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Black, Yolanda Navarro
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UH - Houston History Project. Black, Yolanda Navarro - Black transcript, 3 of 5. November 1, 2010. Special Collections, University of Houston Libraries. University of Houston Digital Library. Web. April 23, 2014. http://digital.lib.uh.edu/collection/houhistory/item/36/show/33.

Disclaimer: This is a general citation for reference purposes. Please consult the most recent edition of your style manual for the proper formatting of the type of source you are citing. If the date given in the citation does not match the date on the digital item, use the more accurate date below the digital item.

UH - Houston History Project. (November 1, 2010). Black, Yolanda Navarro - Black transcript, 3 of 5. Oral Histories from the Houston History Project. Special Collections, University of Houston Libraries. Retrieved from http://digital.lib.uh.edu/collection/houhistory/item/36/show/33

Disclaimer: This is a general citation for reference purposes. Please consult the most recent edition of your style manual for the proper formatting of the type of source you are citing. If the date given in the citation does not match the date on the digital item, use the more accurate date below the digital item.

UH - Houston History Project, Black, Yolanda Navarro - Black transcript, 3 of 5, November 1, 2010, Oral Histories from the Houston History Project, Special Collections, University of Houston Libraries, accessed April 23, 2014, http://digital.lib.uh.edu/collection/houhistory/item/36/show/33.

Disclaimer: This is a general citation for reference purposes. Please consult the most recent edition of your style manual for the proper formatting of the type of source you are citing. If the date given in the citation does not match the date on the digital item, use the more accurate date below the digital item.

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Title Black, Yolanda Navarro
Creator (LCNAF)
  • UH - Houston History Project
Interviewer (LCNAF)
  • Valdés, Ernesto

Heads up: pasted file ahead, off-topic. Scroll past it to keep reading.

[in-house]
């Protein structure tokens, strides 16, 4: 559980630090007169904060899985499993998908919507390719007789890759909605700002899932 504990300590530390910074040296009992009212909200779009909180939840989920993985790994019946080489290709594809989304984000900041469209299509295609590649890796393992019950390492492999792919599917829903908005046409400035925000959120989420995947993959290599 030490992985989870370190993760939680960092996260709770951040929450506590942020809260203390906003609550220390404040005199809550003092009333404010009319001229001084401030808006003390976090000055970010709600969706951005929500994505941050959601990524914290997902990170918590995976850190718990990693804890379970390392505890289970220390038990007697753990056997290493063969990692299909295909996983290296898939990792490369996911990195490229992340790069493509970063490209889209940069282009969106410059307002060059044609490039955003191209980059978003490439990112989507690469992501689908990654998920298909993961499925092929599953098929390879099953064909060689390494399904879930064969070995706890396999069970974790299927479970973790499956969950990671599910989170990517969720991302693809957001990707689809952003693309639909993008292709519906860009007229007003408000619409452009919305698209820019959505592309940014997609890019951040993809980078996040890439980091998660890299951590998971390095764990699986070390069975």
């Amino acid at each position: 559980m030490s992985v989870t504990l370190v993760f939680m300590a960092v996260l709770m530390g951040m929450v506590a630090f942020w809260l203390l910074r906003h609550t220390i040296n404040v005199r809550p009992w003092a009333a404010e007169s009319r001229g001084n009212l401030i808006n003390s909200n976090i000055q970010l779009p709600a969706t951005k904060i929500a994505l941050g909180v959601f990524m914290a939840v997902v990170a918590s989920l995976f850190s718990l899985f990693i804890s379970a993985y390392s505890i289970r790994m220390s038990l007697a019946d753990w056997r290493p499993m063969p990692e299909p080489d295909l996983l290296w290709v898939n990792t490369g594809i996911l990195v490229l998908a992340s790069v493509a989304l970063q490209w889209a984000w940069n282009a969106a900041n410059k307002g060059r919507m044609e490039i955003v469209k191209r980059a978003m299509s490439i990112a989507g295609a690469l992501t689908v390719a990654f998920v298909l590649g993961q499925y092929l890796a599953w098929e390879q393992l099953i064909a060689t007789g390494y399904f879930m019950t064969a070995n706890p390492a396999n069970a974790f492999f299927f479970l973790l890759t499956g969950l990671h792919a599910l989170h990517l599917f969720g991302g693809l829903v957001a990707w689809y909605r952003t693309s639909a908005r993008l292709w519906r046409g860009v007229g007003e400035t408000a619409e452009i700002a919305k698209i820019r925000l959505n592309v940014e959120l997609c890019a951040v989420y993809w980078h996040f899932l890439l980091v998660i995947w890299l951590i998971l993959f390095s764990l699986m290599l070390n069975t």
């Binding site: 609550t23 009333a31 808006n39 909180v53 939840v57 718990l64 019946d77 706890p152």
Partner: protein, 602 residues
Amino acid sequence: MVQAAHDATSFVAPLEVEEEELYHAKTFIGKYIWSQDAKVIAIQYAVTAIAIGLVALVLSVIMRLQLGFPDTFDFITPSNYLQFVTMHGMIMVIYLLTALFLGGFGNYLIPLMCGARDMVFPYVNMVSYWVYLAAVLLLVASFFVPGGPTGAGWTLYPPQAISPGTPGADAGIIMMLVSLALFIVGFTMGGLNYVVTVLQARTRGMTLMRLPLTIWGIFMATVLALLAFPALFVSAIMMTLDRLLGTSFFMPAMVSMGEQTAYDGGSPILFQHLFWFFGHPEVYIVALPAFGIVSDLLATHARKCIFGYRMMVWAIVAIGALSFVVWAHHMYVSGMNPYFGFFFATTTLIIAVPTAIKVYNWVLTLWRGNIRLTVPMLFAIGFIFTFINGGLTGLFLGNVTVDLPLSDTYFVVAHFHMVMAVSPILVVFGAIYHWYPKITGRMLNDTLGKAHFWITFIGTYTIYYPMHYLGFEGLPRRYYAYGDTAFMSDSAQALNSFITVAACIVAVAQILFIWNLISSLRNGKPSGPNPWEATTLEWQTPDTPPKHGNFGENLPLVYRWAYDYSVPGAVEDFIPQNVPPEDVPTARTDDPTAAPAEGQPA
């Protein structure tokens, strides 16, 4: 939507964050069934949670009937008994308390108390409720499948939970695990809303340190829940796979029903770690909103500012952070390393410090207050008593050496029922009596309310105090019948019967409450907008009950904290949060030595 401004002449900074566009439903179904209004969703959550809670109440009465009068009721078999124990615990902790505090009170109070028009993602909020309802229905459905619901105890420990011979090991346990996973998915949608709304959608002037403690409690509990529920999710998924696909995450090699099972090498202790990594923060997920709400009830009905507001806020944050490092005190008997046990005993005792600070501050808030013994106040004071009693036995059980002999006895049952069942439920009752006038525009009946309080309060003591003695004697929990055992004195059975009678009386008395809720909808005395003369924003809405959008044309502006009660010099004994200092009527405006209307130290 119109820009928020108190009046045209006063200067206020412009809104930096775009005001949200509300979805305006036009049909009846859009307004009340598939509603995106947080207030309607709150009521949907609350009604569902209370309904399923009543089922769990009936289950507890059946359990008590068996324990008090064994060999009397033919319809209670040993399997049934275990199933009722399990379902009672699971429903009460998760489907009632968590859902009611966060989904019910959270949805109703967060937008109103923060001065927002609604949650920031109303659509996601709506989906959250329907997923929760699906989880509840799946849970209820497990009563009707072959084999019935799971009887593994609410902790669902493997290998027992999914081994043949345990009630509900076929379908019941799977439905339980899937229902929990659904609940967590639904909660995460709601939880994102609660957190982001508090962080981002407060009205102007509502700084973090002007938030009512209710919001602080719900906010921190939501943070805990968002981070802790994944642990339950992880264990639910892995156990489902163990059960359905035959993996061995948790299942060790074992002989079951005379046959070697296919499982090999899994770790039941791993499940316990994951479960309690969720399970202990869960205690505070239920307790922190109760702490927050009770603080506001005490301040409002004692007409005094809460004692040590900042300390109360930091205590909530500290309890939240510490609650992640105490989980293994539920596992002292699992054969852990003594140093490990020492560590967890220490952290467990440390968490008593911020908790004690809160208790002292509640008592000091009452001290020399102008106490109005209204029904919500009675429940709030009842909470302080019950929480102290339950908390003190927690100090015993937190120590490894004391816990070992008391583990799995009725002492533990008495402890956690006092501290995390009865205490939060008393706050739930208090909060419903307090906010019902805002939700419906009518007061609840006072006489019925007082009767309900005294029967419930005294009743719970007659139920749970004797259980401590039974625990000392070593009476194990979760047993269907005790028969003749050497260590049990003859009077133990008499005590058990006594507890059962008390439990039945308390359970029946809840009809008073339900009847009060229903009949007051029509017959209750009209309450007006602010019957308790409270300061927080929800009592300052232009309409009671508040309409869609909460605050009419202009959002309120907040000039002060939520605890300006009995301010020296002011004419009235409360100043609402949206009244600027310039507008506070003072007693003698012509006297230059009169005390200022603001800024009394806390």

• Selley, Mikaela
Date March 28, 2006 - November 15, 2010
Description Since the 1960s Yolanda Navarro Black has been a long time social and political activist in the Mexican American community while maintaining a family restaurant business, Los Arcos. She has also continued a drive to provide shoes for school children. As a result she has served on several governmental boards as well as non-profit corporations that serve the community.
Subject.Topical (LCSH)
  • Mexican American studies
Subject.Name (LCNAF)
  • Black, Yolanda Navarro, 1947-
Subject.Geographic (TGN)
  • Houston, Texas
Genre (AAT)
  • interviews
Language English
Format (IMT)
  • audio/mp3
  • application/pdf
Original Item Location ID 2006-005, Box 11, HHA 00676
Original Collection Oral Histories - Houston History Project
Original Collection URL http://archon.lib.uh.edu/index.php?p=collections/controlcard&id=231
Digital Collection Oral Histories from the Houston History Project
Digital Collection URL http://digital.lib.uh.edu/collection/houhistory
Repository Special Collections, University of Houston Libraries
Repository URL http://info.lib.uh.edu/about/campus-libraries-collections/special-collections
Use and Reproduction Educational use only, no other permissions given. Copyright to this resource is held by the content creator, author, artist or other entity, and is provided here for educational purposes only. It may not be reproduced or distributed in any format without written permission of the copyright owner. For more information please see the UH Digital Library Fair Use policy on the "About" page of this website.
File name index.cpd
Item Description
Title Black transcript, 3 of 5
Date November 1, 2010
Original Collection Oral Histories – Houston History Project http://archon.lib.uh.edu/index.php?p=collections/controlcard&id=231
Repository Special Collections, University of Houston Libraries